Perhaps you can remember the frenetic reaction to Janet Jackson’s Super Bowl “wardrobe malfunction?” That 9/16th of a second glimpse of her booby, its nipple covered by a pasty, created such a furor that Congress, the FCC and the Supreme Court all got involved.

Complaints about the incident emphasized “Children were watching!” But consider this: the Source Book for Teaching Science reports that the average US child watches 8,000 murders on TV by the time they finish elementary school. Yet that generates very little public protest.

One glimpse of a boob with nipple covered is more damaging to children than watching thousands upon thousands of simulated murders? What is one to make of this? How can murder as entertainment be tolerable for kids, while an exceedingly brief glimpse of a knocker is not?

The counter argument is that kids know these TV murders aren’t real. (One suspects Jackson’s boobies aren’t real either, for that matter.) Nevertheless, what do children learn by living in a culture that accepts simulated murder, and an abundance of other violent and sadistic acts as entertainment? And what do kids learn about sexuality when the mere glimpse of an almost bare breast creates a national furor? 

I regularly watch the neighborhood kids play at killing. I have even drawn pretend fire from a three year old as I walked to my car. And these kid’s parents have bought them camouflage clothing, fake hand grenades, realistic assault rifles, and other assorted instruments of make-believe killing.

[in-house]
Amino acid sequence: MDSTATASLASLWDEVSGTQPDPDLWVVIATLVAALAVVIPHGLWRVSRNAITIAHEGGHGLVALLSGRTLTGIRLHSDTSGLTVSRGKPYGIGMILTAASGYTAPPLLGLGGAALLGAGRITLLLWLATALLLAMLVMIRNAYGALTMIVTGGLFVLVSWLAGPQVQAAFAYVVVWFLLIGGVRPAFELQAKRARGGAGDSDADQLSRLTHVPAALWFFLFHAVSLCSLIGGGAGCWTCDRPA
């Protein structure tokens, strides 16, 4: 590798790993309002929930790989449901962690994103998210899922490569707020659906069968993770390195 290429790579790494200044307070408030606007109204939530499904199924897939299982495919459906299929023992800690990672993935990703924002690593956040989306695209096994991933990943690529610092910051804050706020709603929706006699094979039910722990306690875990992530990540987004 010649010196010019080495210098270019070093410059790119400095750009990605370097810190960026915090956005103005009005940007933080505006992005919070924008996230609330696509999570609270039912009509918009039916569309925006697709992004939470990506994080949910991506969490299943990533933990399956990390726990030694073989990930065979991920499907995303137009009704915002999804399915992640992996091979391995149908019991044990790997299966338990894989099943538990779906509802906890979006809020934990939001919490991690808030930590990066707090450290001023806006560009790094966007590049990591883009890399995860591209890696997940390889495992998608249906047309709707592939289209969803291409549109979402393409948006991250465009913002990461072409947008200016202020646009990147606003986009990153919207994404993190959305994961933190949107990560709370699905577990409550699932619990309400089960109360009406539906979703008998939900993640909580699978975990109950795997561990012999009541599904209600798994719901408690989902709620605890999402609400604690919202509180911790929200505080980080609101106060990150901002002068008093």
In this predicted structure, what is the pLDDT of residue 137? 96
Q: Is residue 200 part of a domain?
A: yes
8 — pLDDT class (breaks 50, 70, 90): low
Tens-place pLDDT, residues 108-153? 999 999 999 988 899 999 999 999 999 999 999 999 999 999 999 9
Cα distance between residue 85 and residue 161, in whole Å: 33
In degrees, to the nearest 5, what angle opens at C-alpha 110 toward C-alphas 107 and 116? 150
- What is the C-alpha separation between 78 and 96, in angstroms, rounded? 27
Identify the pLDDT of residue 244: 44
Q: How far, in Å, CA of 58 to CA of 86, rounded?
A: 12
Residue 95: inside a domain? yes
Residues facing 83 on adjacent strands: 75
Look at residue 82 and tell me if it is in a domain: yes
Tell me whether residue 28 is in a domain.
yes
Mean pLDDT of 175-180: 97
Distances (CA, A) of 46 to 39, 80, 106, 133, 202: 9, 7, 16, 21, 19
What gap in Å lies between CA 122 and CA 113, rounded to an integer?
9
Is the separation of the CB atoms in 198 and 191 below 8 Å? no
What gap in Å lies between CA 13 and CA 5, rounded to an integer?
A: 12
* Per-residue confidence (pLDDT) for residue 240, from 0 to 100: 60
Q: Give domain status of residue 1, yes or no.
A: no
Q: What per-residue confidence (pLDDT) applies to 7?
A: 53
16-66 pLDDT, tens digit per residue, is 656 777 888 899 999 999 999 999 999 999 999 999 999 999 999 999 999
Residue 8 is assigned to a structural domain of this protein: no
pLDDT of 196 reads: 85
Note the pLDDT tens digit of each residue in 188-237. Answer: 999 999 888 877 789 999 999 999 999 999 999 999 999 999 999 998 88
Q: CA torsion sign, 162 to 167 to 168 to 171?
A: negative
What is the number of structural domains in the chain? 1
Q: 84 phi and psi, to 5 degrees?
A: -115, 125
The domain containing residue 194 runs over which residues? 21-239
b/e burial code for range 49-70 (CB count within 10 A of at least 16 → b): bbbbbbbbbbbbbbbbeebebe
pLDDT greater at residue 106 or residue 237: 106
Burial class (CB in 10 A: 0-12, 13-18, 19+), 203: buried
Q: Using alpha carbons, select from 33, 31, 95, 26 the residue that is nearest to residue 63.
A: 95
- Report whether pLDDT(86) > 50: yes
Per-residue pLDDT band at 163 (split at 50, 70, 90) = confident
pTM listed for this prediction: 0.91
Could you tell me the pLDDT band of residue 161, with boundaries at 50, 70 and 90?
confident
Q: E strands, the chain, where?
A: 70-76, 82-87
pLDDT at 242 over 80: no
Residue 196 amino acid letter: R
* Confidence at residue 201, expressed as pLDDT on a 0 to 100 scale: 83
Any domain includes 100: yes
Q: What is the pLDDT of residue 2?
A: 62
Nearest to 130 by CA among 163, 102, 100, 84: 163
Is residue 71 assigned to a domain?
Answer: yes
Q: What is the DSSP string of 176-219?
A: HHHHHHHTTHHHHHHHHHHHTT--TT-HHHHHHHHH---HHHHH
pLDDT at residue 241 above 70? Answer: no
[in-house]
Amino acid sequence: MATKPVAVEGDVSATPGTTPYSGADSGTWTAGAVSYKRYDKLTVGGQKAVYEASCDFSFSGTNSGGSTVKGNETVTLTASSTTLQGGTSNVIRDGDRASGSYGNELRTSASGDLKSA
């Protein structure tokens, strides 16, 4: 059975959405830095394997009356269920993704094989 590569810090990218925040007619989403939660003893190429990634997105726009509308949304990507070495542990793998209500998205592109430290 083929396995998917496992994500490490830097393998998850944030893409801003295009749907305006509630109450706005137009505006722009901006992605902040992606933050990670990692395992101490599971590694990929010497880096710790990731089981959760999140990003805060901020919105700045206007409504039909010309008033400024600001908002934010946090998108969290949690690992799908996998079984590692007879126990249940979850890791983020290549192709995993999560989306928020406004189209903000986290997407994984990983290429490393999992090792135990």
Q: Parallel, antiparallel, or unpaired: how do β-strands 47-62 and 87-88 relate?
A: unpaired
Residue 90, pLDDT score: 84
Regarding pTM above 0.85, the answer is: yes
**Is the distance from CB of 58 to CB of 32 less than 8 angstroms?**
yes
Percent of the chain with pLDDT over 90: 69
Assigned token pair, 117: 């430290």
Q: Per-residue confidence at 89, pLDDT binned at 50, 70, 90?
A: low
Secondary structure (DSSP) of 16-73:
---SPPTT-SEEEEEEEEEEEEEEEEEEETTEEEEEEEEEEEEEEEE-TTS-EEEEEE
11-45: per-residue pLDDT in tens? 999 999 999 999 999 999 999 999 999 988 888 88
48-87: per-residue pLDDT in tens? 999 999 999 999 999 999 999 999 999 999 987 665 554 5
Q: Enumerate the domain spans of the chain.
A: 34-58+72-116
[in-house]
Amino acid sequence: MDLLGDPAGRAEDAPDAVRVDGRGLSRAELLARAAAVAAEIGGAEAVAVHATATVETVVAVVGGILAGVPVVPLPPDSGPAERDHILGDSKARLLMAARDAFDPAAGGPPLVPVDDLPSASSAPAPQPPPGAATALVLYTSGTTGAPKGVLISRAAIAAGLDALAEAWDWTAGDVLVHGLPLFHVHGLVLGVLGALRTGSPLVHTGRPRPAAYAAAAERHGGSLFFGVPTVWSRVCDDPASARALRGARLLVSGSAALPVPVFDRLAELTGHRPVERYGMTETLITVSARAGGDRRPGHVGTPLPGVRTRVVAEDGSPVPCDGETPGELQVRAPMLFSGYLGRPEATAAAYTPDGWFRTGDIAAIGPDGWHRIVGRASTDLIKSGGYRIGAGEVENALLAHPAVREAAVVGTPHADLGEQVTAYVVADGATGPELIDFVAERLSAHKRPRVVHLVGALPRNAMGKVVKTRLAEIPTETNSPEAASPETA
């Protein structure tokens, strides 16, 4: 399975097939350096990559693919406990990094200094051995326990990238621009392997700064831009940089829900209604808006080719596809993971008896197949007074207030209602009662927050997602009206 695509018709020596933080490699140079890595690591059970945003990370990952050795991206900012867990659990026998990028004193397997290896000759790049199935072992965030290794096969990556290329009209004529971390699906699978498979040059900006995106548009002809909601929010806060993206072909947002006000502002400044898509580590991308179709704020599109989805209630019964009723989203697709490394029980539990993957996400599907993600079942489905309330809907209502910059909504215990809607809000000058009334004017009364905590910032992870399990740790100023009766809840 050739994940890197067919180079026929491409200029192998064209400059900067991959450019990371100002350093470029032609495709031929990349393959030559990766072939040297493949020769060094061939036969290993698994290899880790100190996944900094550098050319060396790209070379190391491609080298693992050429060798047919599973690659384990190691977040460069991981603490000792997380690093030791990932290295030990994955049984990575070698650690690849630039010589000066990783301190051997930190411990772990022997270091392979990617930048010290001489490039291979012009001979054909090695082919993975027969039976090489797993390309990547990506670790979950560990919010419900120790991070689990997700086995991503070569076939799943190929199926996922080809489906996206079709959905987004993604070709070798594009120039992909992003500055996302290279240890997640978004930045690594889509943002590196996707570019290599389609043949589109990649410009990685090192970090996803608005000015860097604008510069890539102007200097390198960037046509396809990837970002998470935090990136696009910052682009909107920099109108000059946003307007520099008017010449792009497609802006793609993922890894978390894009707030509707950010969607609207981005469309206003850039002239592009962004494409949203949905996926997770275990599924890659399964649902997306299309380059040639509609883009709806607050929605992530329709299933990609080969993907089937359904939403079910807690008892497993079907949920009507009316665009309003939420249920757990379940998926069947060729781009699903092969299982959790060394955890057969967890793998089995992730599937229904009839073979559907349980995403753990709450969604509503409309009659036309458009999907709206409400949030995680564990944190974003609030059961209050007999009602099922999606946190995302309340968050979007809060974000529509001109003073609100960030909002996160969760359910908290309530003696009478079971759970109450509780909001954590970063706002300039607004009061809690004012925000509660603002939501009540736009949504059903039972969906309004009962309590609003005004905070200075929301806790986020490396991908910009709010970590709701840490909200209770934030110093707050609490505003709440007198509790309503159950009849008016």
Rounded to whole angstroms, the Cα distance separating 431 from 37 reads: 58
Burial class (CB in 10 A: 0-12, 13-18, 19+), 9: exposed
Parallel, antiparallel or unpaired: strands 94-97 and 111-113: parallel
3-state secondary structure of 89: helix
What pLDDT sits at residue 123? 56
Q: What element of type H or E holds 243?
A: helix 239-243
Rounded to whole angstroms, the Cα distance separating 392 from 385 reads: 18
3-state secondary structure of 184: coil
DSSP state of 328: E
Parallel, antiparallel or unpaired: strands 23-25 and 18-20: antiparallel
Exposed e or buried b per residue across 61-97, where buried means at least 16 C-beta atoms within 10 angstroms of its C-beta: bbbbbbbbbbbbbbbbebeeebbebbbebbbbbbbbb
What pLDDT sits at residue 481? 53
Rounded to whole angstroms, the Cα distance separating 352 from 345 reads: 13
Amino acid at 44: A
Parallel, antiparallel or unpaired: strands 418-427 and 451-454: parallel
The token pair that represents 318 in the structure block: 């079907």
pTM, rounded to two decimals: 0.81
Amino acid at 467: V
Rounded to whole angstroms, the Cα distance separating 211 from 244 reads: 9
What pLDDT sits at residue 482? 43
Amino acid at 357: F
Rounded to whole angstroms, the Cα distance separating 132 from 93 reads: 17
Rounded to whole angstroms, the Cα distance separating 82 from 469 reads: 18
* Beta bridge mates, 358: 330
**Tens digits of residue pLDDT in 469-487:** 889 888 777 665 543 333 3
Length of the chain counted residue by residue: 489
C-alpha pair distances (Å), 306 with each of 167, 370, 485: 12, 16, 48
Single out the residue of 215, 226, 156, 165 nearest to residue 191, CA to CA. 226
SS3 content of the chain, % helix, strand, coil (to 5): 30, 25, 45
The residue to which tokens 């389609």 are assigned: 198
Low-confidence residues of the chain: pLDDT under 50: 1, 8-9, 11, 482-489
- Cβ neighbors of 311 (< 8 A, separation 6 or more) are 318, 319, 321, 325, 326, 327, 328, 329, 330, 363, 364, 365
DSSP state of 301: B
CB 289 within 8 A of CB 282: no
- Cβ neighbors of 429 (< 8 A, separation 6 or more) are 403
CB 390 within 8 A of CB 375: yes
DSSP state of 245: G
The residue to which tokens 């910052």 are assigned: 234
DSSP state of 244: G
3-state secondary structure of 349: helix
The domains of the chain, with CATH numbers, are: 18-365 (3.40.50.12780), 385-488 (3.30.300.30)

That got me thinking, suppose these kids were playing at sex instead. Would their parents buy them fake sexual gimmicks and a couple of air mattresses, then smile benignly as their progeny pretend to screw, instead of “kill,” others? What kind of culture accepts kids simulating the killing of other human beings, but would have a conniption over kids humping each other? A peculiar one, I dare say.

Preaching at kids does little to shape their values. It is living in our culture and absorbing what they see and hear that chiefly forms their sense of right and wrong. And what they presently are absorbing by regularly seeing death dealing “entertainment” is neither wise, nor worthy of their promise. We probably don’t want kids playing at sex; but let’s rethink their playing at killing.